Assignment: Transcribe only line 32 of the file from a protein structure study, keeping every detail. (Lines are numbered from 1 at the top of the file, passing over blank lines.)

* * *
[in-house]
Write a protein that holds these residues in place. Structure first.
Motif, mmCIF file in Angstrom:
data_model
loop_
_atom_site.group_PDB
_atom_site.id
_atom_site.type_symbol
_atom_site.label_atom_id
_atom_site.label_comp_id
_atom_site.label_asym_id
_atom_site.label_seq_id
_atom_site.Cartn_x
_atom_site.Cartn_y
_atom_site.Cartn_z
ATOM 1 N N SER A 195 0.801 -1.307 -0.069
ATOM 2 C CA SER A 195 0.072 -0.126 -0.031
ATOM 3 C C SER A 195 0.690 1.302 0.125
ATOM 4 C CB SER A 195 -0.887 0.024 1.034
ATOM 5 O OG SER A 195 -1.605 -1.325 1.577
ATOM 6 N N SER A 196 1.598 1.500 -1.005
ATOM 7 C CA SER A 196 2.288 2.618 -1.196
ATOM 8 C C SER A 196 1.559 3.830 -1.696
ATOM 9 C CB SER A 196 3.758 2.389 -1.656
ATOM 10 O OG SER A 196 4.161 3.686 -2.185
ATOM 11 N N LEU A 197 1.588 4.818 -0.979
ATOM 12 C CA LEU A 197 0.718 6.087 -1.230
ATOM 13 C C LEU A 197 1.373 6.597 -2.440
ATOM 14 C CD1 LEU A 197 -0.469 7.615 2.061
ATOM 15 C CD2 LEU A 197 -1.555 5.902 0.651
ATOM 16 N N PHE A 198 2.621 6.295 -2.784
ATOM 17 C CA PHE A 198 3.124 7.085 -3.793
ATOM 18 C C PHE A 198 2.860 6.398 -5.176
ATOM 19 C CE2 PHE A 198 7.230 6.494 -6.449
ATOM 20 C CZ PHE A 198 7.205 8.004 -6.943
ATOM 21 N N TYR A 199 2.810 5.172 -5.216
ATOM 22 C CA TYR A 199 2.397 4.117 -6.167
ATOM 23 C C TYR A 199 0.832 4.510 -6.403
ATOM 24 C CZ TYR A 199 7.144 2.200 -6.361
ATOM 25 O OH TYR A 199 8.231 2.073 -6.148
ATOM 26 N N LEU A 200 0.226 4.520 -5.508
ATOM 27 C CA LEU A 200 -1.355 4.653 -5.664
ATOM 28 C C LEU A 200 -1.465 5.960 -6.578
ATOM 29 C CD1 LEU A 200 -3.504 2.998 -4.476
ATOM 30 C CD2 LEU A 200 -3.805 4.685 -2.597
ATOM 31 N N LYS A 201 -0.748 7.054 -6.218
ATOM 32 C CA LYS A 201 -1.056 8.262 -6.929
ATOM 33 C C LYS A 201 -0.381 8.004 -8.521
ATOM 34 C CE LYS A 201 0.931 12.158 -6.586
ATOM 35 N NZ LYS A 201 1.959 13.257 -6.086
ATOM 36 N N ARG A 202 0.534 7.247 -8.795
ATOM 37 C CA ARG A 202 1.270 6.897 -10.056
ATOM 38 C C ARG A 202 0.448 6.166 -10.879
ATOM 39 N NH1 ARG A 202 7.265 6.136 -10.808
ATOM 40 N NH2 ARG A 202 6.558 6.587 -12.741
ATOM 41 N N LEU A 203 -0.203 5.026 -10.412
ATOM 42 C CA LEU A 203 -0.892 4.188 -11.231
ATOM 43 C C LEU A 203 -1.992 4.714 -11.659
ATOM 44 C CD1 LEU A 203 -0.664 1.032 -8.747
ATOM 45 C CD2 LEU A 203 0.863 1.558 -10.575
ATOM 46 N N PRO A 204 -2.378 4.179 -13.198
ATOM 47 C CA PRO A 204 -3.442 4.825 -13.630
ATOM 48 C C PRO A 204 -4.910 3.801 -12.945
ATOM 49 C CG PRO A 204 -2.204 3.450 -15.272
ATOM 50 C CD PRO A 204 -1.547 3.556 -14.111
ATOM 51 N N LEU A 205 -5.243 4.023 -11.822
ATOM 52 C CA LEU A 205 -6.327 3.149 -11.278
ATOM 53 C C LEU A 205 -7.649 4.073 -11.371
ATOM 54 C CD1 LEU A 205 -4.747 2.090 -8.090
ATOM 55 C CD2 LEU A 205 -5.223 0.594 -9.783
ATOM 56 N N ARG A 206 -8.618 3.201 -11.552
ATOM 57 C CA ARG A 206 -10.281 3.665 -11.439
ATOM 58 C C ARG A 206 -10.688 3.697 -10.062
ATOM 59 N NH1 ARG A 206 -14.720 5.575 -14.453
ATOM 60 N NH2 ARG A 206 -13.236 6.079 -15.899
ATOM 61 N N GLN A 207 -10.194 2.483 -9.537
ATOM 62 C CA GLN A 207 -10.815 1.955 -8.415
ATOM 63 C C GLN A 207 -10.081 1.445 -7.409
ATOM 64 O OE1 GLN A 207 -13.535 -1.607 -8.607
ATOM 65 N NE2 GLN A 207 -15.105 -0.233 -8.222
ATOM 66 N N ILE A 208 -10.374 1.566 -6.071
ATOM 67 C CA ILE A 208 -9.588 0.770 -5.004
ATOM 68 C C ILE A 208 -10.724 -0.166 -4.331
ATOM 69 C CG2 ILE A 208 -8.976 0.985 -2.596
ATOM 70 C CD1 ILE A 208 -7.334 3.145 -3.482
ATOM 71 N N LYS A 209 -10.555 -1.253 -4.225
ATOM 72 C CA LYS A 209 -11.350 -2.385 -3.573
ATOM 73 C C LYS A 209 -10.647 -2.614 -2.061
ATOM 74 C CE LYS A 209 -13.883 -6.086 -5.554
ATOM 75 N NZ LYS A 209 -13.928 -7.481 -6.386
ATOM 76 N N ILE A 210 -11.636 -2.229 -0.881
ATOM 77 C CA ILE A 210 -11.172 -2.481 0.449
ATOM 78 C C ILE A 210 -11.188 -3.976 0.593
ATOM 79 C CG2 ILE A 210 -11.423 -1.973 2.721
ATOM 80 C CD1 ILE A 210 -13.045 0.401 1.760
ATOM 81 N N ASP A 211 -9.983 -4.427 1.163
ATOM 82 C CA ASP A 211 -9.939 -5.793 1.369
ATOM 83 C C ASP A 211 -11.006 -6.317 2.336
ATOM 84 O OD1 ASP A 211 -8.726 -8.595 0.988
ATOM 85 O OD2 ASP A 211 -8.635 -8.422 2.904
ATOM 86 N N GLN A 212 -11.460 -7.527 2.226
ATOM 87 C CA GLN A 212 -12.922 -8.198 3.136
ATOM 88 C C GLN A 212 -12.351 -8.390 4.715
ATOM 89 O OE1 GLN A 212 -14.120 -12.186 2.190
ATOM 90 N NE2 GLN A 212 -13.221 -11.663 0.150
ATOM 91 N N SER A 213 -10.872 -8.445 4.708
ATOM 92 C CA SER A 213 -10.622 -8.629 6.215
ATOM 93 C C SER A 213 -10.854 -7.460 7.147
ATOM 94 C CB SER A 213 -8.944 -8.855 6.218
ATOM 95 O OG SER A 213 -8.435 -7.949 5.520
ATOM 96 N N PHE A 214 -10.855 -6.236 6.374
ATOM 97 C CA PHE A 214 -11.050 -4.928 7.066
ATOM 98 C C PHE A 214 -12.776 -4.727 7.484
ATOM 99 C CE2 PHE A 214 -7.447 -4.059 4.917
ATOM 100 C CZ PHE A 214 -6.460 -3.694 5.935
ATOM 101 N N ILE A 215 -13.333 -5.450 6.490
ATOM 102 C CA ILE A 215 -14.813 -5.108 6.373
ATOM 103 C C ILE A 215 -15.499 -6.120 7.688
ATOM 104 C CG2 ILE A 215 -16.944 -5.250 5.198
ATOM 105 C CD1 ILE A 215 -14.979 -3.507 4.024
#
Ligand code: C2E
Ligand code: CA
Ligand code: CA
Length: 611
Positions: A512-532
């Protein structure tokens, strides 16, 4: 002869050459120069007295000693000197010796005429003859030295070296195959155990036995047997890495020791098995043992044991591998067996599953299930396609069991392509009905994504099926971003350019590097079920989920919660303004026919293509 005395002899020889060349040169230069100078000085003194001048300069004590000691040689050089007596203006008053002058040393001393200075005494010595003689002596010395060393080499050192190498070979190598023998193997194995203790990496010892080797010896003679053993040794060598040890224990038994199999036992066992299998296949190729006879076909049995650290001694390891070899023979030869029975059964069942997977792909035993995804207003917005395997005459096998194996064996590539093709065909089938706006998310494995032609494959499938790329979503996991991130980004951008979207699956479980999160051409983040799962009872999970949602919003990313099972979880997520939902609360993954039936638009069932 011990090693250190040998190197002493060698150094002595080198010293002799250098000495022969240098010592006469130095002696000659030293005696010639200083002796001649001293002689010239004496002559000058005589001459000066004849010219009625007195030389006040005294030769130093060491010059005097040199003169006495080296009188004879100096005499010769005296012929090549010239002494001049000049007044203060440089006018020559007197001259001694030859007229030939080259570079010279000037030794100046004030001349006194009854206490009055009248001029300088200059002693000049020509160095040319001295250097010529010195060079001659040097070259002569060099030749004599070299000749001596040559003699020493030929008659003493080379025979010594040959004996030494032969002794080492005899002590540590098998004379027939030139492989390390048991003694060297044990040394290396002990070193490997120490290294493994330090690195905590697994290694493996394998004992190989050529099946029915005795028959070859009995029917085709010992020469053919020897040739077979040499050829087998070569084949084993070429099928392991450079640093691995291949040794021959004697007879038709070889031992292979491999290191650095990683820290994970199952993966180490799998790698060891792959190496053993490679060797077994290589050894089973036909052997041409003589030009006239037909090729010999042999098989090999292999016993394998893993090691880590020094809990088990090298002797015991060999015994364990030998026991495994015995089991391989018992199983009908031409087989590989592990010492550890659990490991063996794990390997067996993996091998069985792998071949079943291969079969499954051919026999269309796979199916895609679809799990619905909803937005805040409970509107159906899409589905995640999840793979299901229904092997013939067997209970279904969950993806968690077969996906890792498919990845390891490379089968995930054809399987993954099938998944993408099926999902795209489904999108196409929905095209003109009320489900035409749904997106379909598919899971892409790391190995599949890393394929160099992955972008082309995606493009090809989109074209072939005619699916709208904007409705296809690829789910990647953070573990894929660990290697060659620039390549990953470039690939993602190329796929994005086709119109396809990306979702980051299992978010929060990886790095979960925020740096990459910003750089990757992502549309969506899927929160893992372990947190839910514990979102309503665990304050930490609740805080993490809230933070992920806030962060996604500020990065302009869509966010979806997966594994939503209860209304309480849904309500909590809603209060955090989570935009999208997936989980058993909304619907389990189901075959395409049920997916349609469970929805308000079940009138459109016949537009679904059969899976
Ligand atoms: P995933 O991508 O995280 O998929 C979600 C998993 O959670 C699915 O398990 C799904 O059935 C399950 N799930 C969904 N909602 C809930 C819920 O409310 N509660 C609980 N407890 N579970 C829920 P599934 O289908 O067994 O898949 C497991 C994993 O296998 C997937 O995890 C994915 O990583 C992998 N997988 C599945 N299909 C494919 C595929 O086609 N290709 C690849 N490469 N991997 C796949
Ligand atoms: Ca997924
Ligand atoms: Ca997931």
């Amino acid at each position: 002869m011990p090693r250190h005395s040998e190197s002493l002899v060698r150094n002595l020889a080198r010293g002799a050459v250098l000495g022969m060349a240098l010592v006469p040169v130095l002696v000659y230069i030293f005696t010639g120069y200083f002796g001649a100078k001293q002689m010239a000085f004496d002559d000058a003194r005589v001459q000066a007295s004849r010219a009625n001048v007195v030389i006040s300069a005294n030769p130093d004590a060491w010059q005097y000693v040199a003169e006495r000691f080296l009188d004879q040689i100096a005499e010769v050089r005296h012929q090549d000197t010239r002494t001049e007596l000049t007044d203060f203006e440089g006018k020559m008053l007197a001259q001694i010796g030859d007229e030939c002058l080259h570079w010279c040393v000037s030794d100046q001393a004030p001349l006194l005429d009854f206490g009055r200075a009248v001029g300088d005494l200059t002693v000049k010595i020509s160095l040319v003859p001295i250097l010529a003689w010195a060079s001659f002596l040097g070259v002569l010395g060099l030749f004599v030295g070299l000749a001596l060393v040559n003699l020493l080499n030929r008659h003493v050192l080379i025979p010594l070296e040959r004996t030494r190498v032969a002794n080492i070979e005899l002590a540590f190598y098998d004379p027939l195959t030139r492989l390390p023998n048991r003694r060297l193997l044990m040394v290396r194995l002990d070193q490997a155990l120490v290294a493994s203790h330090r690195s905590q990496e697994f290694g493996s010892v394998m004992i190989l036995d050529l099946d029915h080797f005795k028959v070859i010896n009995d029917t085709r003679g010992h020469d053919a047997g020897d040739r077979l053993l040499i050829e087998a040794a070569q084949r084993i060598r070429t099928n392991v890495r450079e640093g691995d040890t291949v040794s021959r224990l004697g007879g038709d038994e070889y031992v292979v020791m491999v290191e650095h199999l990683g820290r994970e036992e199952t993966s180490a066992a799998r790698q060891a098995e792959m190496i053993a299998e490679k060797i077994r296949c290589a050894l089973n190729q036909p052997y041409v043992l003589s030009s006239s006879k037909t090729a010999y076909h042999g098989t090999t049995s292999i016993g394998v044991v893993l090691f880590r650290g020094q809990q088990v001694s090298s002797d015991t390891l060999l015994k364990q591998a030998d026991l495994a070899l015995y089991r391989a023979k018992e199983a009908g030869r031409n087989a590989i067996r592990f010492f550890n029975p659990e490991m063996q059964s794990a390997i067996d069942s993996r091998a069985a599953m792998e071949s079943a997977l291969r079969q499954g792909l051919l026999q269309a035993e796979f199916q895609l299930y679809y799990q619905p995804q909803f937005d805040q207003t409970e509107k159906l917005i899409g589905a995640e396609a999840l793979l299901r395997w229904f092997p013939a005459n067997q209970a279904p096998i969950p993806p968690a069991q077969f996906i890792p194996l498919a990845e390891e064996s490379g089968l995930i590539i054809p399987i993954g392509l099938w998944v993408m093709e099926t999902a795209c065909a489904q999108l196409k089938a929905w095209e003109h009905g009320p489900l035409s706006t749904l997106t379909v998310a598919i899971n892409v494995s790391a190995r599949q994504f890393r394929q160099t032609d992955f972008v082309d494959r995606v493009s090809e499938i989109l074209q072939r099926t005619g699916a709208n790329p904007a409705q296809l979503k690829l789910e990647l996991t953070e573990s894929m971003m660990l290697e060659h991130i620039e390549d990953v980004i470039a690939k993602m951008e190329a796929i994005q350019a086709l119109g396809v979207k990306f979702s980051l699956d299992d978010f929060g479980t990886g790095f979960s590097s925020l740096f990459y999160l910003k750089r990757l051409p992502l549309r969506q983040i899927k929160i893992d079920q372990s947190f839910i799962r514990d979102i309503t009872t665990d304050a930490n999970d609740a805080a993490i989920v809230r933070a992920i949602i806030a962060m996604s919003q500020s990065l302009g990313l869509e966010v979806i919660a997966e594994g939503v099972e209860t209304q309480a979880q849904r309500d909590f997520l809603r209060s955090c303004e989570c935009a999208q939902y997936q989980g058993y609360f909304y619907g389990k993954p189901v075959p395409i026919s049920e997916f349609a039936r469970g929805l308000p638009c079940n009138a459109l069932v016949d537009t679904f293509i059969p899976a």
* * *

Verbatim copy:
ATOM 17 C CA PHE A 198 3.124 7.085 -3.793